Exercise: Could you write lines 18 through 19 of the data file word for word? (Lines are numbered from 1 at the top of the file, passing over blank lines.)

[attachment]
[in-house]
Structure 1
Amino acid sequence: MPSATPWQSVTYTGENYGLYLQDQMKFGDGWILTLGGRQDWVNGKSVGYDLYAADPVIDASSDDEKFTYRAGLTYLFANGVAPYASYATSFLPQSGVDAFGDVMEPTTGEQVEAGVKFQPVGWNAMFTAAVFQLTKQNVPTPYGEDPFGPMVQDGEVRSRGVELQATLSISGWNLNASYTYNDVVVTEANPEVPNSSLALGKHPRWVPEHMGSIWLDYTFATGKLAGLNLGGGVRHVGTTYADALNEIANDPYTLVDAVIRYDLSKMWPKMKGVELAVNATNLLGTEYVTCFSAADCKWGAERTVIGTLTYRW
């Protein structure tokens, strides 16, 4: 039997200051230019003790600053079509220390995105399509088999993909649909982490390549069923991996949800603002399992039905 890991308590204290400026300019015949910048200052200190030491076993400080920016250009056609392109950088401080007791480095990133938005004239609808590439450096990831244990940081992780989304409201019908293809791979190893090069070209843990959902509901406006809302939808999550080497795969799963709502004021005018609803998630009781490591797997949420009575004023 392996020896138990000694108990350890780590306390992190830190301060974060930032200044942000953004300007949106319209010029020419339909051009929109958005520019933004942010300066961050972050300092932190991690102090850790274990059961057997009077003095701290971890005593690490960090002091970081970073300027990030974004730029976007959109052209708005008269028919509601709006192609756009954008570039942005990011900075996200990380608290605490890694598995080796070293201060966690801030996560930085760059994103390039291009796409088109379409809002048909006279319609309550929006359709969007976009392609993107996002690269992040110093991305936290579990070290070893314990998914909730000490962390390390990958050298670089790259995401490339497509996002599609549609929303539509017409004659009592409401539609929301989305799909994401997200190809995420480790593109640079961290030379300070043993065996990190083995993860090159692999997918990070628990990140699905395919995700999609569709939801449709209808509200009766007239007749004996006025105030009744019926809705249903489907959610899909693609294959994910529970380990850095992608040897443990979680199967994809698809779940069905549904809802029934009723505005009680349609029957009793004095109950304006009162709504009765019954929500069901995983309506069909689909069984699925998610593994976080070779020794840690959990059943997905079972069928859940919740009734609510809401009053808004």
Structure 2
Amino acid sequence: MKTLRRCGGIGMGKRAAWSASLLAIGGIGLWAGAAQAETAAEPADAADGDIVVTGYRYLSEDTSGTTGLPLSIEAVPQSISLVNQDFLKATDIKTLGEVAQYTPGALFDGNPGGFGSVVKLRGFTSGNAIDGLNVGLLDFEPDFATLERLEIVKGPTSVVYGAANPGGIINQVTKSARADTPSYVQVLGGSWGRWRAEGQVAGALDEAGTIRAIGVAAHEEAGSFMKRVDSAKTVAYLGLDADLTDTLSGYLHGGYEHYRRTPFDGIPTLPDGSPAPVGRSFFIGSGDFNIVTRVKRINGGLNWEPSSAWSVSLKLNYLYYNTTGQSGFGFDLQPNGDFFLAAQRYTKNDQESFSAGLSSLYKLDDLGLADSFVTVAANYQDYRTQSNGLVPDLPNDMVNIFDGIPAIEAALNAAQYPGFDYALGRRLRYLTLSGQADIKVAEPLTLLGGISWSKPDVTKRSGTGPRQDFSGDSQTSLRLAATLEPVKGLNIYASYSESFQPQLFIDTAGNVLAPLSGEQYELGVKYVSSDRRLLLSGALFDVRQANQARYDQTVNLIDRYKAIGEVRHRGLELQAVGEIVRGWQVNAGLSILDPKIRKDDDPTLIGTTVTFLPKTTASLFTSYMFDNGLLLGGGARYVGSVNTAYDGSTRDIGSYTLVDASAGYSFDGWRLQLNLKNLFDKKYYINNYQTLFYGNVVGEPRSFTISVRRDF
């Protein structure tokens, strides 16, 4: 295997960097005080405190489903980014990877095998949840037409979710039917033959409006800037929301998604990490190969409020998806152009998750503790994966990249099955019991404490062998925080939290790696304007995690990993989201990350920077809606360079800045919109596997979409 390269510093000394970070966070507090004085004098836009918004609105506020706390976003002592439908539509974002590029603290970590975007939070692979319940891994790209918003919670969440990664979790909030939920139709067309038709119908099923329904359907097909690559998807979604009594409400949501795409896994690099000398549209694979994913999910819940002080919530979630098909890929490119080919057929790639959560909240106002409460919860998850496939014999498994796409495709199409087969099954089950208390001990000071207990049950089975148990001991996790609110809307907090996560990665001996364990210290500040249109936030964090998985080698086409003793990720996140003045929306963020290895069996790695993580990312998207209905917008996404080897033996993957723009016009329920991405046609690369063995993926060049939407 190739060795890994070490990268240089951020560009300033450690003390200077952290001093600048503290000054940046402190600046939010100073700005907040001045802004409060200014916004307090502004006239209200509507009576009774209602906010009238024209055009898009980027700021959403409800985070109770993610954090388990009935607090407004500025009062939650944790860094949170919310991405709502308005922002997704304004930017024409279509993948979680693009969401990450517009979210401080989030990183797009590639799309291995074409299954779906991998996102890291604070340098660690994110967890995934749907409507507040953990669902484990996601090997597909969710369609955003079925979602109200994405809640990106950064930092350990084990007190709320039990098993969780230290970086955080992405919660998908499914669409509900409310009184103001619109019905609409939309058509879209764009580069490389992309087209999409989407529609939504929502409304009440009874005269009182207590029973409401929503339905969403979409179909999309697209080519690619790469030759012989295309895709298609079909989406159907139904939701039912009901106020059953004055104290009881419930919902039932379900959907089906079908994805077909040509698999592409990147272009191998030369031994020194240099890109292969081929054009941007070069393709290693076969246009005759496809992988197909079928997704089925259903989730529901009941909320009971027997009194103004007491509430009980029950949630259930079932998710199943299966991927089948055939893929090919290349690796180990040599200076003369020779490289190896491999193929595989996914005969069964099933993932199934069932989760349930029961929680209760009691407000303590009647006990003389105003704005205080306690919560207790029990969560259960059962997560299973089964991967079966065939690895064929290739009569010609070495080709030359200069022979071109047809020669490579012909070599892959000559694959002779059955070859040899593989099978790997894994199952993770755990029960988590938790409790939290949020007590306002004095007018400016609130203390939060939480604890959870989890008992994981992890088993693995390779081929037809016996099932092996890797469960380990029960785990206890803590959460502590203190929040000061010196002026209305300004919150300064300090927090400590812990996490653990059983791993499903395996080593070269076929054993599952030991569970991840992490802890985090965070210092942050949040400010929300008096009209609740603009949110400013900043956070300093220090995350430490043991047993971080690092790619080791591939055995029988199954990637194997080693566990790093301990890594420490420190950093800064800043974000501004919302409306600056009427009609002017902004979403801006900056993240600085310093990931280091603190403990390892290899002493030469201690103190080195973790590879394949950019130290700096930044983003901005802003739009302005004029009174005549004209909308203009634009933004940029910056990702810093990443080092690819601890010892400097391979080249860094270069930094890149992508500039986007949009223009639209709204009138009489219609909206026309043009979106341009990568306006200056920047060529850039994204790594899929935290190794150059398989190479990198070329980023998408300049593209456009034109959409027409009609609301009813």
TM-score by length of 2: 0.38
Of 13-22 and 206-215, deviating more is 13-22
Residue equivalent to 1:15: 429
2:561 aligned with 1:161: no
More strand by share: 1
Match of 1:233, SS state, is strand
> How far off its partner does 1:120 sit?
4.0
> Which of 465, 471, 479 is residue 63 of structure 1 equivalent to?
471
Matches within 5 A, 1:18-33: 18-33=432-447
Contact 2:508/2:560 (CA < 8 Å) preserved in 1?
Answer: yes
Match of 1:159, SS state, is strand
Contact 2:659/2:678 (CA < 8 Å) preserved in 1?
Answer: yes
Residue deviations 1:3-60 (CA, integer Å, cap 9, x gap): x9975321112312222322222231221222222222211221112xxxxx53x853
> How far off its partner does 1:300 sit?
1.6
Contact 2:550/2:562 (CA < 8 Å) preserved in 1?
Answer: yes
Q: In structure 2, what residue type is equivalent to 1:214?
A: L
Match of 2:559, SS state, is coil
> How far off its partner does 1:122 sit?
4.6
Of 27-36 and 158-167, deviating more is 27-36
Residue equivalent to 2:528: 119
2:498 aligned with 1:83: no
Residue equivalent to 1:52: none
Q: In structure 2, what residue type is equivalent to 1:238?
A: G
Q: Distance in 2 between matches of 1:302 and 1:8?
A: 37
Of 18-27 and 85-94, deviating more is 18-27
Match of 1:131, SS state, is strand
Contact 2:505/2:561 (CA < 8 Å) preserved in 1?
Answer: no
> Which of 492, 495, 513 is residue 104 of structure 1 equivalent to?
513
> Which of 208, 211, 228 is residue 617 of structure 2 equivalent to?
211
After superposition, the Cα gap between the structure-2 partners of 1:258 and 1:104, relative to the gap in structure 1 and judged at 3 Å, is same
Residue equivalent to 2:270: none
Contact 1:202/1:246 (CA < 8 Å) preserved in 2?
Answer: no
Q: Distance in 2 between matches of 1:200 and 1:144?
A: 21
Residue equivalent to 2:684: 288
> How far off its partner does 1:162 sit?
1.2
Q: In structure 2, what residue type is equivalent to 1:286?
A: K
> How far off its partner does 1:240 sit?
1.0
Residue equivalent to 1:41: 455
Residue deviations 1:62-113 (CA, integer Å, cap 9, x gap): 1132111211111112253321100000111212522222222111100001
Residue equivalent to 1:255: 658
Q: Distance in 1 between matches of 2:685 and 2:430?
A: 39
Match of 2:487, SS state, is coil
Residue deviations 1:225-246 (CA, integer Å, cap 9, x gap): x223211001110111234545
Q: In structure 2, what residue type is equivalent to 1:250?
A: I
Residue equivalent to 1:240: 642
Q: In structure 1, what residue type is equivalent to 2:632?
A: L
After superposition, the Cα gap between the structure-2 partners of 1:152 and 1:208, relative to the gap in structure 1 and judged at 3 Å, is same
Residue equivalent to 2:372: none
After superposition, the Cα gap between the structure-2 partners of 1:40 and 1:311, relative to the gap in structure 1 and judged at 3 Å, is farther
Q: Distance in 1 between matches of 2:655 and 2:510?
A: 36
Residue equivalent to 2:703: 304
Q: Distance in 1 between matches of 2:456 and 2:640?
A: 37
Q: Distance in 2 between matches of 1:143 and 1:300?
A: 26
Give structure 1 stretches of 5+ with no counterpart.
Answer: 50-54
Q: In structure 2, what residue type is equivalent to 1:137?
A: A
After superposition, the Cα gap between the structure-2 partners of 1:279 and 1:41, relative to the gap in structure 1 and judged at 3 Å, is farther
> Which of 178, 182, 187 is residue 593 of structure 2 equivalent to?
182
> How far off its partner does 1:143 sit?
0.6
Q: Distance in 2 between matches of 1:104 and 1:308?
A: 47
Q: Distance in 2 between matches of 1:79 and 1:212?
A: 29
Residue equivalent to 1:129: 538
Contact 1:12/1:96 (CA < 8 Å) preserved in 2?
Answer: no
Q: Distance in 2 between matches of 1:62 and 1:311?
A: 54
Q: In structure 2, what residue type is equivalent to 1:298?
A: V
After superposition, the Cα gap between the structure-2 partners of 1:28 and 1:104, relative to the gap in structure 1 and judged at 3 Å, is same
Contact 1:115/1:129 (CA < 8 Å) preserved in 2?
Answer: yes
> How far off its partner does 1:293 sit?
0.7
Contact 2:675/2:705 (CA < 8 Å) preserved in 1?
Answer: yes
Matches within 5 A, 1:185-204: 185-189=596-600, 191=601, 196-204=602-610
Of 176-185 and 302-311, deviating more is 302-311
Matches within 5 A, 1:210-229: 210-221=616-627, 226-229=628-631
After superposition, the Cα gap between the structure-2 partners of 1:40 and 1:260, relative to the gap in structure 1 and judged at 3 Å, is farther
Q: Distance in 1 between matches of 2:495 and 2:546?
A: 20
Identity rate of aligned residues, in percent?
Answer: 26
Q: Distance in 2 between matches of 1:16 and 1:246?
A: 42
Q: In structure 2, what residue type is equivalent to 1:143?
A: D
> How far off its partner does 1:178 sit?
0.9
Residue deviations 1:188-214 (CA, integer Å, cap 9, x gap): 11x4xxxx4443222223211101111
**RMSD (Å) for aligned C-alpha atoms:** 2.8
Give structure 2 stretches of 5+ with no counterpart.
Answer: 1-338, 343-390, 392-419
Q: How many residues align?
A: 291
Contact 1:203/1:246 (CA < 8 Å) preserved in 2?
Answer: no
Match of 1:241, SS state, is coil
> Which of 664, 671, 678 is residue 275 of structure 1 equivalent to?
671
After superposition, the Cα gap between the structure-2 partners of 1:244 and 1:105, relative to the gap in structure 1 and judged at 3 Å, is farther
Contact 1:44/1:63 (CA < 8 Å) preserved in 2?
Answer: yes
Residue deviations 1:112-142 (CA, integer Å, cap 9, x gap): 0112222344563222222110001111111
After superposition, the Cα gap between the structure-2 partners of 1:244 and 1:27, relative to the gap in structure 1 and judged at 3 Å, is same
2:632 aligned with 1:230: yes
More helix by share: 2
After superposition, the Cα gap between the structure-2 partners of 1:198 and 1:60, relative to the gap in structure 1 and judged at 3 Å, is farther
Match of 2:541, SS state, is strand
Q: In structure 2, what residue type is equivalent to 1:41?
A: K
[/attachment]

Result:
Matches within 5 A, 1:18-33: 18-33=432-447
Contact 2:508/2:560 (CA < 8 Å) preserved in 1?